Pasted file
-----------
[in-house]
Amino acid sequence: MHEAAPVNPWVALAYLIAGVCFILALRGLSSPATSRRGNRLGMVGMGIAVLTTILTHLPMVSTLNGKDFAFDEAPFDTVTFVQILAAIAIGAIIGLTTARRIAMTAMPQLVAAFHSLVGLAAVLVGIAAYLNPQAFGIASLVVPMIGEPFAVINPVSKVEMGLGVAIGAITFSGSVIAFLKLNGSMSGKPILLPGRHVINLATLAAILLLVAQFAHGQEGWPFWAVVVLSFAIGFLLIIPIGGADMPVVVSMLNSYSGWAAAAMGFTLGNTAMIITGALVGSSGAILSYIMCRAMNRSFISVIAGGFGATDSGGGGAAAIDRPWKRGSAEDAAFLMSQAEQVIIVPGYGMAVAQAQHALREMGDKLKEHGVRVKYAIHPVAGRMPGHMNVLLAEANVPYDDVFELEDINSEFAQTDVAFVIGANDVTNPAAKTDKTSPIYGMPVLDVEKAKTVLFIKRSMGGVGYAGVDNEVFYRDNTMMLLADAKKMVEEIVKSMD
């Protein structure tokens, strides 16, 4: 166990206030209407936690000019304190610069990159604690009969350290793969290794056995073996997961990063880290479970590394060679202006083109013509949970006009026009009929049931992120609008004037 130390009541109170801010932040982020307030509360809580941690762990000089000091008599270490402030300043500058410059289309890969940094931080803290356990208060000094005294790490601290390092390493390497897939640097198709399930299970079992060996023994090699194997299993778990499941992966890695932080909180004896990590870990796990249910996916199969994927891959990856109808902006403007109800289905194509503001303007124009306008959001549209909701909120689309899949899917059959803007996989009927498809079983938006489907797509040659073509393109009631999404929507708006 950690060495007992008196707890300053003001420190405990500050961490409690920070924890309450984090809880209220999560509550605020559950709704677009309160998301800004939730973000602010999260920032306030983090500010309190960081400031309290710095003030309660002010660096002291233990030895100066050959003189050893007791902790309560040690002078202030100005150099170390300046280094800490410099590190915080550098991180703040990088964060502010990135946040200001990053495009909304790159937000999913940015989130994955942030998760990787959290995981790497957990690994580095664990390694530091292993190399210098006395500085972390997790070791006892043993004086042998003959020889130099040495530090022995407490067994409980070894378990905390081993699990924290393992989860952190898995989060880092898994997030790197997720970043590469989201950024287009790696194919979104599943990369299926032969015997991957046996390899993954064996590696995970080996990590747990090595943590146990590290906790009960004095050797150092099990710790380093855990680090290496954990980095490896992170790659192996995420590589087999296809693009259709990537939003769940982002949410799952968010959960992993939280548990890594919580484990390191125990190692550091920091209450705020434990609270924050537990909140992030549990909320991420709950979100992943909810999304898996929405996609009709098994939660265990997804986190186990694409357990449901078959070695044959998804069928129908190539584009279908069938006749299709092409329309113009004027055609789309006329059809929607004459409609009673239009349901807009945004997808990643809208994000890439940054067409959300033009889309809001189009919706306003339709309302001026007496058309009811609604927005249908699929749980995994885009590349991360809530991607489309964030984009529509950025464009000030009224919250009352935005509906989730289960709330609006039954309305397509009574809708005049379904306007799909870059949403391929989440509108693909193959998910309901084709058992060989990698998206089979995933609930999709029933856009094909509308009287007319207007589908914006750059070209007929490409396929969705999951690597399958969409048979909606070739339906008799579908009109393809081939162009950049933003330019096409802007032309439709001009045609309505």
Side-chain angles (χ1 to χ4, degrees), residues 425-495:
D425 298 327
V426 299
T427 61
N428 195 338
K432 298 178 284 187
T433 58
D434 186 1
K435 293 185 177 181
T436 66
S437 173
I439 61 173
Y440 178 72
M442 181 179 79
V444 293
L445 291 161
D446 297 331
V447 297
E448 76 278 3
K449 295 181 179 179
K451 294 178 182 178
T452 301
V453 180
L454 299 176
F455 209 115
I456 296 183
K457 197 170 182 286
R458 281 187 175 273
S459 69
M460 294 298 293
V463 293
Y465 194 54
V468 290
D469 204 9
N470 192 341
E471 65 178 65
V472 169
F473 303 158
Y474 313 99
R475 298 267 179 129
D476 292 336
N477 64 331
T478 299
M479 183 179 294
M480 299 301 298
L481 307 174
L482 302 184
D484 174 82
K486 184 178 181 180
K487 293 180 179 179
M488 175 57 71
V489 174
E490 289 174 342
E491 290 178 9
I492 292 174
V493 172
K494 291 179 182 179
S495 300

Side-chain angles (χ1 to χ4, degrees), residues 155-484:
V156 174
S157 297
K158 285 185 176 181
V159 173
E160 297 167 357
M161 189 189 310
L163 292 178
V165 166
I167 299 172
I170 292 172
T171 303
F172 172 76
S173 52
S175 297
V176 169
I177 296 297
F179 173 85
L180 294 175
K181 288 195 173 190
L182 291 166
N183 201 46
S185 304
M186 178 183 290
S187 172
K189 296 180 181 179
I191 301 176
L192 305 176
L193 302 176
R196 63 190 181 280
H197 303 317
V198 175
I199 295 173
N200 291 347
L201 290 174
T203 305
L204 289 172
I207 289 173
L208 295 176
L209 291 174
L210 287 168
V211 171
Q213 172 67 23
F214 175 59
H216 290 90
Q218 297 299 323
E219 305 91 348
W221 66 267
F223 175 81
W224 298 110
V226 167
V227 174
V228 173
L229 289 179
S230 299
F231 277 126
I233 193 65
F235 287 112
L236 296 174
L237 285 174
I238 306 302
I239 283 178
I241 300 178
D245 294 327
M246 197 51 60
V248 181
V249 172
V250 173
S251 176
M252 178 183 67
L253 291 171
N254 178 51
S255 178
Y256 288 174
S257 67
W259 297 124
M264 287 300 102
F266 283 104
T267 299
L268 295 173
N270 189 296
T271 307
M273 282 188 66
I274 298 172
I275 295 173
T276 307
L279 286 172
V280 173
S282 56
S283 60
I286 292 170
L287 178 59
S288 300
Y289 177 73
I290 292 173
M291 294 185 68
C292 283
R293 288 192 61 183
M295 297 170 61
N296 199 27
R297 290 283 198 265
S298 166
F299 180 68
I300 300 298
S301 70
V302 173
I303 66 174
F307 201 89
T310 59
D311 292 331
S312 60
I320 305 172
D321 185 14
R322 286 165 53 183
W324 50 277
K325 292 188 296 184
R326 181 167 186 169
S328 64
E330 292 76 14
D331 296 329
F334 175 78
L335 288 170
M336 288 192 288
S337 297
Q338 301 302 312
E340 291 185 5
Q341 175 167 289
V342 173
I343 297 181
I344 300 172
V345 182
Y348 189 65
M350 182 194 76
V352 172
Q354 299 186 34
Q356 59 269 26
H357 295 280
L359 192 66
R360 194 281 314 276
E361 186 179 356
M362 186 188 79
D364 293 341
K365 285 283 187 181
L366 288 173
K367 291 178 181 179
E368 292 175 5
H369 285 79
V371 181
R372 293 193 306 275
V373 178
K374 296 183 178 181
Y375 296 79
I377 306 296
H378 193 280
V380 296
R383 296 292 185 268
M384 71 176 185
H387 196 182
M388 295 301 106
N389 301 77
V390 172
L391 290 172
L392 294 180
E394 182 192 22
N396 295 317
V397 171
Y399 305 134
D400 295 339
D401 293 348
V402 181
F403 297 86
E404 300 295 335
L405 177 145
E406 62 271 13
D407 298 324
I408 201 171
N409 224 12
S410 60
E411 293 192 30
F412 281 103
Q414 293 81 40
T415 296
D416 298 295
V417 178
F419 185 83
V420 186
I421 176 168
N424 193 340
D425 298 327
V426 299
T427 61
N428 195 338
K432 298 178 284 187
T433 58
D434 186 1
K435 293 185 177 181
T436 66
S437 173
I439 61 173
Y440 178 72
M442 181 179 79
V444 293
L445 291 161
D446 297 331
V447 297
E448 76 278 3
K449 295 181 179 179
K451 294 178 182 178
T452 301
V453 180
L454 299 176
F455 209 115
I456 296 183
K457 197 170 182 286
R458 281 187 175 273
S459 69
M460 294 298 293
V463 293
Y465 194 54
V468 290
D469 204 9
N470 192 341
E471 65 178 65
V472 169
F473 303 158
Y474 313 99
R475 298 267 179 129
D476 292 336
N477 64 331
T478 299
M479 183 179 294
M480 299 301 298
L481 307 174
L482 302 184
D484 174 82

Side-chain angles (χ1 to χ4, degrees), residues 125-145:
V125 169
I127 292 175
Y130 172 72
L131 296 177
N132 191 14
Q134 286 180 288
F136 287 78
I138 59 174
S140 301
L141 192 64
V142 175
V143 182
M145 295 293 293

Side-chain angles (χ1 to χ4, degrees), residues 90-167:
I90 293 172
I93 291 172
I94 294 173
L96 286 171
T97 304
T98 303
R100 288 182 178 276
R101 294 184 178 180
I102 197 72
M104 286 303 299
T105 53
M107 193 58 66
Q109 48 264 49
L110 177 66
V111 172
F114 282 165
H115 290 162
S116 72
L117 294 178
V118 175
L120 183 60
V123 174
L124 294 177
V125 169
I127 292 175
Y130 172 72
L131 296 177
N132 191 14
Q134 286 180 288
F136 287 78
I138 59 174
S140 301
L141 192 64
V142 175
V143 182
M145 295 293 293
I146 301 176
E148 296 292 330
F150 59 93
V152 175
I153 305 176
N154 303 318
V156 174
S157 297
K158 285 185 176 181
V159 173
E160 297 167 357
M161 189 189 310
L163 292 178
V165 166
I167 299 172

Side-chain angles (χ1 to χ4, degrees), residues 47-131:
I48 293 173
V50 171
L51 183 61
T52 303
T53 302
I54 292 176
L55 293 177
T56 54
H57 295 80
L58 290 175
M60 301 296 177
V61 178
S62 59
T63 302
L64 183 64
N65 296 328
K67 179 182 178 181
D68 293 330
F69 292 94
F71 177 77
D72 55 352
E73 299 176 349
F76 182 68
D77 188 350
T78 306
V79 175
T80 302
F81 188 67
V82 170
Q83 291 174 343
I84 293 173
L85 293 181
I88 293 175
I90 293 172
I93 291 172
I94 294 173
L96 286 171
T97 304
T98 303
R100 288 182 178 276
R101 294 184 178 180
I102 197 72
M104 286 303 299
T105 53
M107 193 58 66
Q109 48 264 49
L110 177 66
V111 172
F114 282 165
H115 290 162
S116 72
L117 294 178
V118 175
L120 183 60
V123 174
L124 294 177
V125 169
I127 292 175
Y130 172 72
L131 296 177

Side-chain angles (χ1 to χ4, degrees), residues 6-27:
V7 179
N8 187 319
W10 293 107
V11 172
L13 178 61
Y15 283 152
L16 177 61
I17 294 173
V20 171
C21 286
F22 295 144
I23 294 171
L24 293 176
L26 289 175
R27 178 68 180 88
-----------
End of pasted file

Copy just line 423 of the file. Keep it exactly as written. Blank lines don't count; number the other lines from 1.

L131 296 177